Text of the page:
Monday, 3 August 2015

Martin's Thistle

On Sunday, I finally got the chance to get back to Bryn Du, to look for the white Spear Thistle martin had posted about last week. Luckily, I didn't follow the map reference he quoted, having first checked it and found it to be in the middle of a block of forestry! Are you trying to tell me something Mart? Basing my search on the comment made about the Small Blue site, I instead looked along that ride and soon spotted it standing out like a sore thumb. Closer inspection of it confirmed my suspicion that it is actually a form of variegation rather than the white thistle disease, which is responsible for the striking appearance of this plant. Close up, I was struck by its beauty, but as to whether the variegation will be stable and appear again next year, only time will tell.
In this photo of it, it can be seen that some of the white leaves have partially green centres and there are green streaks on the stems, proving that this is a variegation, caused either by genetic mutation or possibly a virus.

By the way, Martin, would you mind if I did something on this thistle for the East Glam wildlife blog? I would, of course credit you with the discovery.

Variegated Spear Thistle

While there, I spent some time lolling about on the shallow bank of poorly vegetated basic slag, on which the Small Blue colony used to, or possibly still does, exist. While doing so, I spotted this tiny jumping spider on the seed head of a Kidney Vetch.

Heliophanus Sp

There is no doubt that it is of the genus Heliophanus, but there are two species that are very similar and this could be either of those, namely H. cupreus and H. flaviceps. I have a feeling it is the latter, but I am not confident enough about that to enter a record for it.

While on the bank I saw this Southern Hawker, which allowed me one quick shot before it zoomed off.

Southern Hawker

While exploring the wetter part of the bank, close to the ride, I found a small group of Round-leaved Wintergreen in flower, which is a first for me, having failed to find the plants Martin found near Llyn Fawr a couple of years ago.

Round-leaved Wintergreen

On my way out, I photographed this insect resting on the leaf of a bullrush, in the wheel wash. I have no idea what it is and can't find anything like it in my insect books. At first I thought it might be a sawfly of some sort, but the head is completely wrong for that, so I am stumped, but although tiny, it is a nice looking thing.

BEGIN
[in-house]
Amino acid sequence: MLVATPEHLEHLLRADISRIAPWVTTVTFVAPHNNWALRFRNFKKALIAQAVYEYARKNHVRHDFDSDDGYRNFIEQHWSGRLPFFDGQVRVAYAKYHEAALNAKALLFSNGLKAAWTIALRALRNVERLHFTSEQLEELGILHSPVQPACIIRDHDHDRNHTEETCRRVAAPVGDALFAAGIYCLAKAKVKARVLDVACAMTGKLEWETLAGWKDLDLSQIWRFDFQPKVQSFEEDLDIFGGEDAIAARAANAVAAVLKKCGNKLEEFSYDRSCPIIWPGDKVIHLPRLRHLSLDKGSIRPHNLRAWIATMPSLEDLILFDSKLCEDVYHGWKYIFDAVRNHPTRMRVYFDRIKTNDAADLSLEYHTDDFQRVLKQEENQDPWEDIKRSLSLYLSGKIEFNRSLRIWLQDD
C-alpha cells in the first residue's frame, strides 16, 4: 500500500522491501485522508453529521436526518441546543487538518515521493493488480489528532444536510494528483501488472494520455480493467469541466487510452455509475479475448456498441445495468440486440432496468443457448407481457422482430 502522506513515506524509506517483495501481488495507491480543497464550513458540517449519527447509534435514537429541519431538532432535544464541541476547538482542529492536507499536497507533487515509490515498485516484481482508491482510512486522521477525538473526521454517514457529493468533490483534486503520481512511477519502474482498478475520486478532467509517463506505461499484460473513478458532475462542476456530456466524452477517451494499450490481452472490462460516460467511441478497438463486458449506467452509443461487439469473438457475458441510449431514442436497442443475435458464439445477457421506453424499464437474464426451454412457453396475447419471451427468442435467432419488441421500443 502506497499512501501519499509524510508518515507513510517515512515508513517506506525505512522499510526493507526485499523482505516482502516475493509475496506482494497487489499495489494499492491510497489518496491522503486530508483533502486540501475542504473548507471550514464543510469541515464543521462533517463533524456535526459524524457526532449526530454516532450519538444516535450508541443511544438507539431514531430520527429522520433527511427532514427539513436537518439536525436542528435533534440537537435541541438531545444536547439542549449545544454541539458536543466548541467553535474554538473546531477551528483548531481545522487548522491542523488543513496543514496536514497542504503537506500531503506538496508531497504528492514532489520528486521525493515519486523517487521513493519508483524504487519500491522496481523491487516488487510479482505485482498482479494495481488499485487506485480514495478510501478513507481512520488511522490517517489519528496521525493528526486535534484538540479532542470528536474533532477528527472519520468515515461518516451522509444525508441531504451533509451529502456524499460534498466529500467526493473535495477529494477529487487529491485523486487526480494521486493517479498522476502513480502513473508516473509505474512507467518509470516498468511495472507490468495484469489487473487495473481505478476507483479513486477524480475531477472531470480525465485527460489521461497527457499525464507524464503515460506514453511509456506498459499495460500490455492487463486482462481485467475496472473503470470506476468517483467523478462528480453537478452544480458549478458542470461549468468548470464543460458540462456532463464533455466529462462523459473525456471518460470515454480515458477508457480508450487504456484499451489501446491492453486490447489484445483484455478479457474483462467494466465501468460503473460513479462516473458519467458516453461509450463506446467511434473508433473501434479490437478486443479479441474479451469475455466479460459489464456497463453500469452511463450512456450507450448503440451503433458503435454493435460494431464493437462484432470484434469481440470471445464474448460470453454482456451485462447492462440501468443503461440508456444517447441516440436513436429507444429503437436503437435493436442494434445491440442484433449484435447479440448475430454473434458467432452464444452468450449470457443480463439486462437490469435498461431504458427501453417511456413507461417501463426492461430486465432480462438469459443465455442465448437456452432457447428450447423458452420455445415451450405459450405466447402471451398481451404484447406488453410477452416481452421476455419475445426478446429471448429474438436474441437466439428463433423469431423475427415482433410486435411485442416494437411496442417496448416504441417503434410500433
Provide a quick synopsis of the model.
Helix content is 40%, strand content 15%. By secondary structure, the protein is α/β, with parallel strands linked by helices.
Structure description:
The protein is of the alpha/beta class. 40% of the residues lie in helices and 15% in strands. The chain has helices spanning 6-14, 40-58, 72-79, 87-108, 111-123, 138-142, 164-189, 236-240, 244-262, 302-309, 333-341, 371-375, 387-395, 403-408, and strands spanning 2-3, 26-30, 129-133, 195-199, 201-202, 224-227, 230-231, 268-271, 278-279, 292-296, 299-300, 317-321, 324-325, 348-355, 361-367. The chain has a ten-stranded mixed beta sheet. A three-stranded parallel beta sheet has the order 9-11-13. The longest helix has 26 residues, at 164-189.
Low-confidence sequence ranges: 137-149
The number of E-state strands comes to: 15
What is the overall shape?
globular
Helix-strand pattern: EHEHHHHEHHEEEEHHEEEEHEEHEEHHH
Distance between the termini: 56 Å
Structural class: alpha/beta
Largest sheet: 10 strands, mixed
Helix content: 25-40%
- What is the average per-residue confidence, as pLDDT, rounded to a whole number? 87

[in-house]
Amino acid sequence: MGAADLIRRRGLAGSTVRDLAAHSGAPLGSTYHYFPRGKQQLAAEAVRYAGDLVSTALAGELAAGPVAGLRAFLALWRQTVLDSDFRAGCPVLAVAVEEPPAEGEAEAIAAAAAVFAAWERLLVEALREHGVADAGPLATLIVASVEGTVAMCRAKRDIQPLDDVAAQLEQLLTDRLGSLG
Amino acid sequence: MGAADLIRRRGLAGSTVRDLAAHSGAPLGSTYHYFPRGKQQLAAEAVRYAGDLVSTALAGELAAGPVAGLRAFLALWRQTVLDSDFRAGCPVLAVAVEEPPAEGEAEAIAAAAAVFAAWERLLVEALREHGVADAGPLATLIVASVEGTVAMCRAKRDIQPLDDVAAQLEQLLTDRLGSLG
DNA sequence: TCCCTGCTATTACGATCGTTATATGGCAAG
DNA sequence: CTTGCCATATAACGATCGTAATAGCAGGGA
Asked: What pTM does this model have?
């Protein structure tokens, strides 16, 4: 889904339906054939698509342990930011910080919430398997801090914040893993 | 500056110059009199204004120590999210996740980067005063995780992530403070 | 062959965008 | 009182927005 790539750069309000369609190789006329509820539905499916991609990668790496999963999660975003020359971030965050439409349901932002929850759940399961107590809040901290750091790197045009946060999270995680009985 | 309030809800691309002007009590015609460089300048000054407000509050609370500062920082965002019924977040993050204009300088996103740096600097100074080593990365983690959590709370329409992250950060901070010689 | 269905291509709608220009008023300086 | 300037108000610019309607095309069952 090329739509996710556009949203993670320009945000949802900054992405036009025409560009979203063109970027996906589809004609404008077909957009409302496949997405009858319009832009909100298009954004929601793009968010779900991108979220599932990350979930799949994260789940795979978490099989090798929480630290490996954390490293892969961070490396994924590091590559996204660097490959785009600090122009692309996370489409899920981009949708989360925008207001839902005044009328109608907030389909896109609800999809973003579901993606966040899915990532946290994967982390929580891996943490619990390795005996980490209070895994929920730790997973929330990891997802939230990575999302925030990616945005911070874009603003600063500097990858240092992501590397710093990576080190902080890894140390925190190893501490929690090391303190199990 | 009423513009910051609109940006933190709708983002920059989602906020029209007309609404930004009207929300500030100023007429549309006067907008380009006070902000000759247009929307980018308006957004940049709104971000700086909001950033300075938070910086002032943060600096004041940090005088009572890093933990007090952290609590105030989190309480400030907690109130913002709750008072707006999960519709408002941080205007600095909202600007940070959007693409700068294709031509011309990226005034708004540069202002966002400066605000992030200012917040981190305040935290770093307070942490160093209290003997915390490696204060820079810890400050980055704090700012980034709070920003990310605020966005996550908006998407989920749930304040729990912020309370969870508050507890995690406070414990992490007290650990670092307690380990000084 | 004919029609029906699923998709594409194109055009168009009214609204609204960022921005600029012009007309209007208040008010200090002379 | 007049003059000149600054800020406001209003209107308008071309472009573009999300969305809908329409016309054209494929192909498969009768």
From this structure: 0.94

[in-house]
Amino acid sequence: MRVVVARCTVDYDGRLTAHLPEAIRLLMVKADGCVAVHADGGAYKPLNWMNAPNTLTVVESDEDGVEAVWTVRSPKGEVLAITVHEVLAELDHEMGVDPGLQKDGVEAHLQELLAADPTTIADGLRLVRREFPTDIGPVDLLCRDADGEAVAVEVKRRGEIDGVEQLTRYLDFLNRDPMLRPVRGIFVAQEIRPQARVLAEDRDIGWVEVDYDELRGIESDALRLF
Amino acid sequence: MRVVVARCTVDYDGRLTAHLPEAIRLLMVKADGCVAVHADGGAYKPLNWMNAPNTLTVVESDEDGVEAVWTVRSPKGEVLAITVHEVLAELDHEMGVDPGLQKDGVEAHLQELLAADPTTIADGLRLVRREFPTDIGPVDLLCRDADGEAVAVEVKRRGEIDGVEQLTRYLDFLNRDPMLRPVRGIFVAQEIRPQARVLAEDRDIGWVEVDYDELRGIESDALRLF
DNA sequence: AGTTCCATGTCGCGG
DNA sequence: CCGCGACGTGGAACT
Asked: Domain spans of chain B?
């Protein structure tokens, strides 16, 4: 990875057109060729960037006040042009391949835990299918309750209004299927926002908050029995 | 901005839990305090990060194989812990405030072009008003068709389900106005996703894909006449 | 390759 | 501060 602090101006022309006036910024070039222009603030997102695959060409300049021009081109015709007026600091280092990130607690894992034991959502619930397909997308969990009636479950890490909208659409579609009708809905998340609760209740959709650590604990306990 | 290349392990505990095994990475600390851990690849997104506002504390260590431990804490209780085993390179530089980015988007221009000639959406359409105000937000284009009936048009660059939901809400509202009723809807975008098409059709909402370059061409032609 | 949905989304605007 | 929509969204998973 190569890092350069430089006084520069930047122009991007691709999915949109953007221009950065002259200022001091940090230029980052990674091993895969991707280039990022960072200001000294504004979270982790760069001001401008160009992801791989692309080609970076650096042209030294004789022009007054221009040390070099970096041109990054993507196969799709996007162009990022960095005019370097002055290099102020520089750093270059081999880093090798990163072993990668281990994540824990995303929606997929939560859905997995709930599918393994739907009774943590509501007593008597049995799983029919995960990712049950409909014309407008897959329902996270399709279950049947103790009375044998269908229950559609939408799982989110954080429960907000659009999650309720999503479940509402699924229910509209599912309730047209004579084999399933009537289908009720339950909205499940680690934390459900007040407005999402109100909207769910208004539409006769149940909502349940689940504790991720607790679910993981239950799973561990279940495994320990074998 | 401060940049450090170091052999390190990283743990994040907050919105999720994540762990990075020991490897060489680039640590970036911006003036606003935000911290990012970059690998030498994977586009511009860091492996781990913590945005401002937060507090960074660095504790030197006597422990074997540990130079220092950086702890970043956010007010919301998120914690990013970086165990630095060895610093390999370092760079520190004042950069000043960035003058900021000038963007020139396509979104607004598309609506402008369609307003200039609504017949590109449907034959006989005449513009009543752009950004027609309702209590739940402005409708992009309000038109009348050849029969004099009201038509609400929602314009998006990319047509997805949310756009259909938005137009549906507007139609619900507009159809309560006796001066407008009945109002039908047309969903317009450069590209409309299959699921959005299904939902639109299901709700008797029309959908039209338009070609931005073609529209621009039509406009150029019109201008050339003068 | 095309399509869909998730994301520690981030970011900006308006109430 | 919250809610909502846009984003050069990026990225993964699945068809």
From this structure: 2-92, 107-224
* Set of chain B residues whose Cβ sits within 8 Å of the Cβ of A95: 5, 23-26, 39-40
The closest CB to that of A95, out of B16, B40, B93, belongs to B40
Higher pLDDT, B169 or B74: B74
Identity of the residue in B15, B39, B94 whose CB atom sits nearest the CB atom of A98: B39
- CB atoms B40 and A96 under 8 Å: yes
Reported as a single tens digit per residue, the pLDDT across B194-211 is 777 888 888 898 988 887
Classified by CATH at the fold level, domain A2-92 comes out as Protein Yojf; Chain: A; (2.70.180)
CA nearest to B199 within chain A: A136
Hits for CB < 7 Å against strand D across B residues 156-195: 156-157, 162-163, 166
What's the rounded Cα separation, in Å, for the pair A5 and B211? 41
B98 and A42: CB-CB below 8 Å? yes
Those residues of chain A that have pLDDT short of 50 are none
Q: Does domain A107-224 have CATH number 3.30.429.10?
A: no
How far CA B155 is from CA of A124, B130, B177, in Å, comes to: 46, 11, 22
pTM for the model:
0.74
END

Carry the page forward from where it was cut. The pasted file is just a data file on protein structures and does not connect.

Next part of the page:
Earlier in the day, before visiting Bryn Du, I called into the former Phurnacite truck tipping site, to check on the Bladder Campion and while there I came across this Six Spot Burnet, at rest. I know they are common and often appear in this blog, but I couldn't resist splashing a pic of it.

Six-spot Burnet

As it was so mild last night and as I knew I would have a delayed start to work this morning, I ran my garden moth trap. The catch was a little disappointing, probably due to the breezy conditions, but that was all made up for by this second brood Chocolate Tip, which was only my fifth.

Chocolate Tip


  1. Great read mark and yes fine to share with our site and i used grab a grid and i thought going by the photo you could see where by pmsl and well done on the round leafed winter green and when i get five will go up and have a look.Cheers mark and yes very smart thistle and martin thistle got a nice ring too it .

  2. Thanks Martin. I'm sure the readers of the East Glamorgan Wildlife blog will be interested.

  3. You have probably id'd your unknown to a fly - you can see the halters. The thorax/head reminds me of a Bibio (St Mark's fly) type, though the abdomin looks different. Perhaps its been parasitised and the swollen abdom is as result of that or a fungal infection?

  4. I know what you mean, Martin. The head and thorax does have that Bibio quality about it, but this thing was about the size of a picture-winged fly. I've seen a couple of these before, but this is the first time I've managed to photograph one. I suppose I could start by doing a google image search on Diptera UK and see where, if anywhere that leads.